Summary: This message looks at the two of Jesus's parables on the danger of half-heartedness.

I Just Need A Little Help: Will Jesus just fix my problem. . . and leave the rest of my life alone?

- Often when people call on God, they’re not looking to make a big change. They just need a little help with a problem.

- They’re not looking to put God first in everything; they just want Him to keep them from getting laid-off.

- They’re not looking to “take up their cross and follow Him”; they just want Him to pull their 23-year-old back from the drug lifestyle He’s in.

- They’re not looking to make God the love of their lives; they just want Him to heal the cancer.

- What they’re basically saying is this: “Just fix my problem, God, please. . . and leave the rest of my life alone!” (Not that they’d be so rude as to say it like that.)

- This is not to say they aren’t sincere in their prayers. It’s not say they aren’t contrite and even humble in their prayers. They know they need His help. That’s the reason they’re asking – they don’t have anywhere else to turn!

- But within that sincerity and humility there is also a clear understanding that they are not interested in a larger change of lifestyle or a shift in who is usually calling the shots.

- We want help without giving up control.

- Note: I am not saying that if we start with one problem, while being open to God for whatever else He has in mind, that He won’t start there with us.

- I am saying that if we go to Him for a quick fix for one part of our lives while keeping the doors closed to the other parts of our lives, that’s not a plan that works very well, either from God’s willingness to do that or from the success of that arrangement if He does help us.

- As I think we’d all agree, this (wanting help without giving up control) is a very common way that people approach God. So our passage today, which outlines Jesus’ thoughts on that approach, is an important one. Maybe that’s why it was “truth worth repeating” three times (in three gospels).

Two Ways We Would Like This To Happen:

- This brings us to our passage for this morning. The two brief parables He tells here are obviously similar in their point, but there is a slight difference between the two.

1. I want Him to just fix one part of my life while leaving the rest alone.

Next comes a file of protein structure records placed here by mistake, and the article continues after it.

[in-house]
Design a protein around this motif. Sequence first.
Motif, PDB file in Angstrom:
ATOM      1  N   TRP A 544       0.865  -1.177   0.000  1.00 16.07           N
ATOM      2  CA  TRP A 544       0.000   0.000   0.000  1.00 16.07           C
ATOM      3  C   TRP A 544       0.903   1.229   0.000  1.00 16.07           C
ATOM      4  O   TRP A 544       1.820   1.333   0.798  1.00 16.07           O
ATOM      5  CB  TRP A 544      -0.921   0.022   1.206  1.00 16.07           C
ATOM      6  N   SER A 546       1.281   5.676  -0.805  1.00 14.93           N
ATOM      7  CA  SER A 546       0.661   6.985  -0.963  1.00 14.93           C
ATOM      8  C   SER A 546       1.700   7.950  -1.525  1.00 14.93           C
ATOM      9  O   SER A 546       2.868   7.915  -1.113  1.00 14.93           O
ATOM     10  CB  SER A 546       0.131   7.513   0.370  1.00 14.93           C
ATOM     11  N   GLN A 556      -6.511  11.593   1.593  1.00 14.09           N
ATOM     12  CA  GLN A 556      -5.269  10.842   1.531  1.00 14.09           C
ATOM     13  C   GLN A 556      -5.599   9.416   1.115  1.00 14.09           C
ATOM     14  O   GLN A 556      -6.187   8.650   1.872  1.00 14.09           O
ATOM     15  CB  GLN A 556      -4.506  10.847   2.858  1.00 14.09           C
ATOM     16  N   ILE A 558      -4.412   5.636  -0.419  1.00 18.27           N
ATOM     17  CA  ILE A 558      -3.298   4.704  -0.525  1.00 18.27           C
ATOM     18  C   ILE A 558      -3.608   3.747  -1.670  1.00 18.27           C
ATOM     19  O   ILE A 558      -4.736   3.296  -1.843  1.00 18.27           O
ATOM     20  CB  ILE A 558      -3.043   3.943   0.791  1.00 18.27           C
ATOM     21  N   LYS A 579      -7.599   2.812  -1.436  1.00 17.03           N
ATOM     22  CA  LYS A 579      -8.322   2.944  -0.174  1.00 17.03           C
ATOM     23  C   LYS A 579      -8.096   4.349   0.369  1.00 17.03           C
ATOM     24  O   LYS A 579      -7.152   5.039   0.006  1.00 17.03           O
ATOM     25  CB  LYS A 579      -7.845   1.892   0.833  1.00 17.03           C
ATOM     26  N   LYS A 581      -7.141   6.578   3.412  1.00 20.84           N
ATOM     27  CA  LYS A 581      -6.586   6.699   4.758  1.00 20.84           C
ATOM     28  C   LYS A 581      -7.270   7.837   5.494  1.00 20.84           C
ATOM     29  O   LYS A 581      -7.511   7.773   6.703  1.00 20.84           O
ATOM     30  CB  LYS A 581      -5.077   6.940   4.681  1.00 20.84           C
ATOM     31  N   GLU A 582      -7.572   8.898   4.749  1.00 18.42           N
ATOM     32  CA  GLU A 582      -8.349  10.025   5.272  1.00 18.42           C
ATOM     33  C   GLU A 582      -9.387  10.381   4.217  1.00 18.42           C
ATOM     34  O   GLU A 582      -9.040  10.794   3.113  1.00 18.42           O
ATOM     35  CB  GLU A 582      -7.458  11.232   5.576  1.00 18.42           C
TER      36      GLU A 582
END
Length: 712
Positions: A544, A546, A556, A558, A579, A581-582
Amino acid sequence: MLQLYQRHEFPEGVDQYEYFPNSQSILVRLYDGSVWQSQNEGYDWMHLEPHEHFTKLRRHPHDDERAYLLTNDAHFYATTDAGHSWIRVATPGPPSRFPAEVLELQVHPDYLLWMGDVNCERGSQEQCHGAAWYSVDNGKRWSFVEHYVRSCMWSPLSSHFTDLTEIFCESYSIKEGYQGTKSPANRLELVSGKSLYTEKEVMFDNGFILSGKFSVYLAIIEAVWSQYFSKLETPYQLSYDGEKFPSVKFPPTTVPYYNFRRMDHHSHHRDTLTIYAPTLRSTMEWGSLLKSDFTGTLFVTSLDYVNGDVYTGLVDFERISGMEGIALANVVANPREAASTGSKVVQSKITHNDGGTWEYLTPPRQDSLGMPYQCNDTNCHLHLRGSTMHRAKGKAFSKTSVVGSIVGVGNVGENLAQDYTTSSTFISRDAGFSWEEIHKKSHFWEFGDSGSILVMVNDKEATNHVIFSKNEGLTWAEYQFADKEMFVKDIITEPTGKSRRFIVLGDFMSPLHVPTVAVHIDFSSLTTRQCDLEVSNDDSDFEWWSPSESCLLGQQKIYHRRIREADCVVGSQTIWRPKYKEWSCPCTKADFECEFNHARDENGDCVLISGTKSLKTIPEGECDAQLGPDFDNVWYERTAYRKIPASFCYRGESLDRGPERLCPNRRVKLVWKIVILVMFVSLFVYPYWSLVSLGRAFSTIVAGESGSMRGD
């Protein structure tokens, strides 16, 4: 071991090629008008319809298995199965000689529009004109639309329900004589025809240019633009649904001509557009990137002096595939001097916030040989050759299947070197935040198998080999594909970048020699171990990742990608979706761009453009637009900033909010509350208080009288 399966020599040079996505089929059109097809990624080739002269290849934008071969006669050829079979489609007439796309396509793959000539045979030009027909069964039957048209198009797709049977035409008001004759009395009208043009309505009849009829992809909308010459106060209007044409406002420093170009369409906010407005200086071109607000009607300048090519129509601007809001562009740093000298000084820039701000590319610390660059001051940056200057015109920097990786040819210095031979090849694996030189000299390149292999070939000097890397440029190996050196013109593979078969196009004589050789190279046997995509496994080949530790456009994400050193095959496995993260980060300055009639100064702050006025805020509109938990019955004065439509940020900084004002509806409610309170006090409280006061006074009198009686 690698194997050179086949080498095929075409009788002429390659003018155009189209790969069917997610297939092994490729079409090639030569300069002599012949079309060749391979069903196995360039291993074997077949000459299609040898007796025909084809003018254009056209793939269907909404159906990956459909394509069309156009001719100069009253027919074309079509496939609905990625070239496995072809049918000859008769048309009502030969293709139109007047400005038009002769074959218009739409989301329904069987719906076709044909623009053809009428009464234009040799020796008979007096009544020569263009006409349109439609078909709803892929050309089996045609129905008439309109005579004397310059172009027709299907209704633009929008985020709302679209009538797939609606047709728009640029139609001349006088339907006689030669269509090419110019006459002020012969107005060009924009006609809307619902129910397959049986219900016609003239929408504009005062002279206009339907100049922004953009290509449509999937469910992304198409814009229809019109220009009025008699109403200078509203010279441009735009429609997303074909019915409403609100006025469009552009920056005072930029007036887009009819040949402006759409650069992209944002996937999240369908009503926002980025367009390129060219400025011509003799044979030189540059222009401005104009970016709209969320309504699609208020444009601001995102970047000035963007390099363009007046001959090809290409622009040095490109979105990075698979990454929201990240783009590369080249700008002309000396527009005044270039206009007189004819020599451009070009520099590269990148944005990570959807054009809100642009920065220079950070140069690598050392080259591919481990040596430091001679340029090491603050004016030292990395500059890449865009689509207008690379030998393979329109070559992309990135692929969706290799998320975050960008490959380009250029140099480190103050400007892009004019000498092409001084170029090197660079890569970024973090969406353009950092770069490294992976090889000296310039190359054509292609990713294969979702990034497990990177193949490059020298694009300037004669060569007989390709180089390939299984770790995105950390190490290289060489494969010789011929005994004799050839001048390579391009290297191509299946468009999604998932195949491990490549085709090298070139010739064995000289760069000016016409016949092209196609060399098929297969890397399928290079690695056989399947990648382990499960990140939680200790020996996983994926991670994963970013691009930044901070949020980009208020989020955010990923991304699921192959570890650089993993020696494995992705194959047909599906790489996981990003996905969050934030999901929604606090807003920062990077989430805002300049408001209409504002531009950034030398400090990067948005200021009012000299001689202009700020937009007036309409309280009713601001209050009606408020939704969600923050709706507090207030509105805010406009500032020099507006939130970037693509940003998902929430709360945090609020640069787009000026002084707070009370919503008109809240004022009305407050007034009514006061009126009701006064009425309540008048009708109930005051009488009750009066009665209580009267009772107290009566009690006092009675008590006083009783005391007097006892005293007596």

- Mark 2:21.

- If you try to sew a patch of unshrunk cloth onto a old garment, the subsequent washing and shrinking will create an even worse tear. What does that mean as far as our spiritual lives go?

- I think this points to those times when we want God to fix one part of our lives while leaving the rest alone.

- “Will You fix my marriage, but leave my porn habit alone?”

- “Will You fix my kids, but leave my anger problem alone?”

- “Will You fix my bitterness, but leave my envy alone?”

- But asking God to fix one part of my life while not touching the rest is like trying to sew a piece of new cloth onto an old garment. It’s not going to work – the end result is going to be an even bigger tear.

- Let’s talk about some specific examples:

a. Like trying to sew self-control onto my heart that’s embraced the “me-first” culture.

- Let’s say I have an anger problem. I yell in traffic daily. I sometimes even bang a table at work or let an argument with my spouse escalate into regrettable words being shouted back and forth.

- What I need is some self-control. That’s the patch of new cloth that I want God to bring into my life.

- The problem is that the rest of my life has been organized around the “me-first” idea. I believe I should have what I want when I want it. I believe the world owes me. I believe I should not be inconvenienced. And therefore I get upset when things don’t go the way I want them to.

- Now, how can I expect to have self-control in one area of my life (anger) while simultaneously wanting unlimited self-expression in the rest (what I want is most important). The two ideas are incompatible. In fact, they’re pulling in opposite directions.

- Now, I may be sincere in wishing I would quit having road rage. But I am naïve to think that I can accomplish it in one area of my life while wanting the exact opposite way in the rest of my life.

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